Constance is the author of a book of poetry about nature. She wants to gift the book and the book's copyright to a charity that protects local open spaces. However, Constance is advised that she will not get a charitable deduction for the value of her copyright and copyrighted material if she gives them to charity during life. This is because Constance's gift is not a gift of her entire interest, since by federal law she would retain the right to revoke her transfer at any time. Even if Constance tries to give up her right to revoke, she cannot. Constance is unable to donate her entire interest in the copyright and copyrighted material to charity during her lifetime. As a result, Constance decides to leave the copyright and copyrighted material to charity in her will. Upon her passing, her estate will receive a charitable estate tax deduction for the value of the copyright and copyrighted material that goes to charity.
Third Party Owners
If a donor is neither the creator of the copyrighted material nor a relative who inherited the copyright from the creator, the tax consequences of the gift of the copyright will depend on their ownership and the partial interest rules. If the donor owns only the copyright, he or she may give the copyright to charity and receive an income tax deduction for the lesser of the donor's cost basis or the full fair market value of the copyright, since the donation of the copyright consists of all his or her interest. For a testamentary gift, the gift would generate a charitable estate tax deduction.
If, however, the donor owns both the copyright and the copyrighted material, he or she must give the entire interest owned to receive an estate tax deduction or an income tax deduction. If he or she gives the copyright to charity but retains ownership of the copyrighted material, the donor will receive an estate tax deduction but not an income tax deduction. This is because an inter vivos gift of the copyright without a concurrent gift of the copyrighted material is a non-deductible partial interest gift. Sec. 2055(e)(4), Sec. 2522(c)(3).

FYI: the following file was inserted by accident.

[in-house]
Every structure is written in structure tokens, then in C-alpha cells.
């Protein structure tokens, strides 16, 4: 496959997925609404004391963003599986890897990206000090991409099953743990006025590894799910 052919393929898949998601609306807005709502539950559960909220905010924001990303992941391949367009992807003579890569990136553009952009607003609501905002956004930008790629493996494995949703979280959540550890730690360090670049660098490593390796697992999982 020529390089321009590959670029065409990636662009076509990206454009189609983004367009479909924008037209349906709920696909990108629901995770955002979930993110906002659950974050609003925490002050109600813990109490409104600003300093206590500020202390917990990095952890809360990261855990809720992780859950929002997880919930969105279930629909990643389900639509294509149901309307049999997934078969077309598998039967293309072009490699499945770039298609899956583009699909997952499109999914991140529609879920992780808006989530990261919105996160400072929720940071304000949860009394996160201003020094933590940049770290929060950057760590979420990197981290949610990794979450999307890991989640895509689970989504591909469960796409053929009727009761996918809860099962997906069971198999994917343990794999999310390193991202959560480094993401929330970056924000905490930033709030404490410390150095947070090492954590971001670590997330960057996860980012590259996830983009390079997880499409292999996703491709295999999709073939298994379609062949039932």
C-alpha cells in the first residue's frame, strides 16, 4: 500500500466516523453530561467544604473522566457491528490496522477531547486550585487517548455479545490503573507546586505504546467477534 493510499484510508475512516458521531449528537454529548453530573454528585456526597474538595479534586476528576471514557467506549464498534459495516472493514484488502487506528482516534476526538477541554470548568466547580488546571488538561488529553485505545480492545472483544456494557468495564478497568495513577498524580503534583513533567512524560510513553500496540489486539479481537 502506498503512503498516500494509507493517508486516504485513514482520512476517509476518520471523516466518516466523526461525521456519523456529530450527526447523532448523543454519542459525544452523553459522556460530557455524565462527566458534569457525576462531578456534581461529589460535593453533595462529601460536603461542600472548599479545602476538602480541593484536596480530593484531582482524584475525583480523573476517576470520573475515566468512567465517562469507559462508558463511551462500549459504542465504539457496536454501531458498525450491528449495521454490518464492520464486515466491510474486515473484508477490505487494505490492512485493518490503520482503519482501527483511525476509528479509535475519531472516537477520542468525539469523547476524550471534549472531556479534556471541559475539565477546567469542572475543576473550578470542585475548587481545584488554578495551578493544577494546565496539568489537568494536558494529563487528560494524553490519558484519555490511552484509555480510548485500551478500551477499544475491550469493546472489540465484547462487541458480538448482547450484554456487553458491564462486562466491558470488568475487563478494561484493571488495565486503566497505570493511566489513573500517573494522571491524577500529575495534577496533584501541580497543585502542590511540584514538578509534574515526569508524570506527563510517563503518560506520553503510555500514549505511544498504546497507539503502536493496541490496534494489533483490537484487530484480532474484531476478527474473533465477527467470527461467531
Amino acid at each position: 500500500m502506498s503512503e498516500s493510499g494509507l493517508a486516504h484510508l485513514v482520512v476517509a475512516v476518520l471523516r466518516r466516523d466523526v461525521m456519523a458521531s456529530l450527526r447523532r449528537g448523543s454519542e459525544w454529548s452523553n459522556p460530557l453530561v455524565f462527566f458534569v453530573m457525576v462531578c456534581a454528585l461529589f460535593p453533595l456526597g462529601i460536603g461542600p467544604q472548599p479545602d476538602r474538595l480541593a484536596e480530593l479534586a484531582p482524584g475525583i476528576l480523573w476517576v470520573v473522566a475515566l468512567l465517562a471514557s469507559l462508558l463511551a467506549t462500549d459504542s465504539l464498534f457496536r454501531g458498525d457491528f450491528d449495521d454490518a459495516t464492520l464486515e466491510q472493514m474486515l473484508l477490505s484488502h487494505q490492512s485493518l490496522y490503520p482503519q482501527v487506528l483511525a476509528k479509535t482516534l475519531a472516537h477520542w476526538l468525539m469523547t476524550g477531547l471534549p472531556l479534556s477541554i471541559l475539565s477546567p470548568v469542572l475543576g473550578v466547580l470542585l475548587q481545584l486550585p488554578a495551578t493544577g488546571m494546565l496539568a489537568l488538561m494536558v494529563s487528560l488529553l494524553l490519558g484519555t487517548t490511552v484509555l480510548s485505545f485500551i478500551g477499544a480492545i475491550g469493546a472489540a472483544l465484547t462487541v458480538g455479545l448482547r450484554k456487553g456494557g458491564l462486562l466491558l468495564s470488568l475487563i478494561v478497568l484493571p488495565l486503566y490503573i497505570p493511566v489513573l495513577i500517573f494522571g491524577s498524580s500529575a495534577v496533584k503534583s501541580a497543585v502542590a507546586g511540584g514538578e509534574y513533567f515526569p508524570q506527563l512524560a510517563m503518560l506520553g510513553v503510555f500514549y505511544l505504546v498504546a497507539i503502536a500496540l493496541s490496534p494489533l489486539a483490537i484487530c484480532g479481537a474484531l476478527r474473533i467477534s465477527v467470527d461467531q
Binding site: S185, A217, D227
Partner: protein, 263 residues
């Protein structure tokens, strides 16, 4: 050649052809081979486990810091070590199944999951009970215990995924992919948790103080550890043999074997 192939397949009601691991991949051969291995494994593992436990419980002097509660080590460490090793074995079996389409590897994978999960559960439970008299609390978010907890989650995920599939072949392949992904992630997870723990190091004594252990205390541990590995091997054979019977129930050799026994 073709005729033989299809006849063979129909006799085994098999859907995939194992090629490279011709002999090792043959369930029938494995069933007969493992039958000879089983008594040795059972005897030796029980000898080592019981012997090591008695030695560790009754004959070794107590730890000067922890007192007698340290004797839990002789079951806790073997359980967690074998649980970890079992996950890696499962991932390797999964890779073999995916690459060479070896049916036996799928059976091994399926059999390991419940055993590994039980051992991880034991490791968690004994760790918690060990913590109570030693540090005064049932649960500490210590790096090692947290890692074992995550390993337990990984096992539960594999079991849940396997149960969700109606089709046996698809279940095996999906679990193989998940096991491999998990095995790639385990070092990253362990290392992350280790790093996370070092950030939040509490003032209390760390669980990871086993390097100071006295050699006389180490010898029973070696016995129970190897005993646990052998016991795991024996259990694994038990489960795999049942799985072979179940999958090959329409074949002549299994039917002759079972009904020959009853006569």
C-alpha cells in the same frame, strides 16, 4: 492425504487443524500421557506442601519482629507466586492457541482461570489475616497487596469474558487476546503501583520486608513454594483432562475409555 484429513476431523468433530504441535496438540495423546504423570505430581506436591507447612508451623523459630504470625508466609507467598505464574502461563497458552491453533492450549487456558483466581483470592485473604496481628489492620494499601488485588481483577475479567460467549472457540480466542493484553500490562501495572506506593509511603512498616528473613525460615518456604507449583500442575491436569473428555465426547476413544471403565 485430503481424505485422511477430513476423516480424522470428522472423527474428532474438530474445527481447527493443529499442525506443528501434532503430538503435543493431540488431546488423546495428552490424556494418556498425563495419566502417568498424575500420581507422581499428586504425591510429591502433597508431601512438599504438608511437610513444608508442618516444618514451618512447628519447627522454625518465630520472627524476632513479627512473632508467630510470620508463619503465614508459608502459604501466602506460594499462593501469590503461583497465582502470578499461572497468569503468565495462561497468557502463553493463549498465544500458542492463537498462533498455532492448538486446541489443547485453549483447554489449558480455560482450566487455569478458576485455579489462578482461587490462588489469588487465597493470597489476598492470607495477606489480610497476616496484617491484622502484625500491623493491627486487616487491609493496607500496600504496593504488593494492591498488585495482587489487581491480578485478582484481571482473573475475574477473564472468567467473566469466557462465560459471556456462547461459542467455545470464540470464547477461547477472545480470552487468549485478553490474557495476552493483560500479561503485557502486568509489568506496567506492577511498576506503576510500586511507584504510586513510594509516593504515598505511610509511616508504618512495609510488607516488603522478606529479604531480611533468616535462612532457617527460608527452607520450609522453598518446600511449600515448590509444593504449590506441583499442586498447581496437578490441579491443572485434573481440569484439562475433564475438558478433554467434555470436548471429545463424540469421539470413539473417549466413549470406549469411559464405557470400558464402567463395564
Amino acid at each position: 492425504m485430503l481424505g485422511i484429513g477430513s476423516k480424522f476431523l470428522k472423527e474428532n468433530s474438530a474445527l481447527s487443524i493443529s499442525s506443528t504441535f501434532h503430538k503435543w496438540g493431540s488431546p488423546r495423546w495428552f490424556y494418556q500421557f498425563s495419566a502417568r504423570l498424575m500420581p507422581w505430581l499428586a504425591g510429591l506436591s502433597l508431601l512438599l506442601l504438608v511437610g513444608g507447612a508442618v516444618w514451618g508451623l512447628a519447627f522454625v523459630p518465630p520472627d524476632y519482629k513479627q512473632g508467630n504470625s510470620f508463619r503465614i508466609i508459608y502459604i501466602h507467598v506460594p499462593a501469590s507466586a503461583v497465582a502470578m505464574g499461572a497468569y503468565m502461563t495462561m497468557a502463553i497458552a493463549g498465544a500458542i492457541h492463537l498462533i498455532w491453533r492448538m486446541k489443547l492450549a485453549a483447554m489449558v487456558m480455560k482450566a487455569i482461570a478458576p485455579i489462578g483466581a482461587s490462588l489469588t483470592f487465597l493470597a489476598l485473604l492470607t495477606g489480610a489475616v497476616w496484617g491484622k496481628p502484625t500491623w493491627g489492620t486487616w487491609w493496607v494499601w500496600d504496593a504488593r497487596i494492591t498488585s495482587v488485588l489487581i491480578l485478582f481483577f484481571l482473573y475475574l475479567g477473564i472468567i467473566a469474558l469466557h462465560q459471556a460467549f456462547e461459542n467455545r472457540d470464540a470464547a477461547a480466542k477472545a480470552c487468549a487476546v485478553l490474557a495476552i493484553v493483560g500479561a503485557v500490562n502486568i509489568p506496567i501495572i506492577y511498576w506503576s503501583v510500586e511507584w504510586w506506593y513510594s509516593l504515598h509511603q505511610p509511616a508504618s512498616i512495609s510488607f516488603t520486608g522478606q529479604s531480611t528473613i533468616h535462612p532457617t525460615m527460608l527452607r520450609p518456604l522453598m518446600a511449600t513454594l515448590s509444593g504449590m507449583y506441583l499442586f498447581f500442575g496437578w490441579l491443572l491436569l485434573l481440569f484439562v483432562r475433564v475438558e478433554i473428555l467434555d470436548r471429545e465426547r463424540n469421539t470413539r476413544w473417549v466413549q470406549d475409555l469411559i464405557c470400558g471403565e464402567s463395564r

Example – Gift of Copyright and Copyrighted Material from Non-creator
Maria owns the rights to a popular children's song and its original recording. She did not create the song but instead purchased both the song and the original recording several years ago. Maria would like to give the song copyright to charity but wishes to retain ownership of the original recording. She learns, however, that doing so is considered a partial interest gift and she will not receive a charitable income tax deduction for the value of the copyright. As a result, Maria decides to give both the copyright of the song and the original recording of the song to charity to receive a charitable income tax deduction for her gift.
Gift of Fractional Interests
A charitable deduction is available when a donor contributes their entire interest or an undivided fractional share in the donated assets. A donor has a fractional interest in a copyright when they do not own 100% of the asset being donated. Generally, this occurs when the donor jointly owns an interest in intellectual property with another person. In this case, the entirety of the donor's interest consists solely of the fractional interest in the copyrighted property and a deduction may be available. Sec. 170(f)(3)(A).
Example – Gift of Fractional Interest in Copyright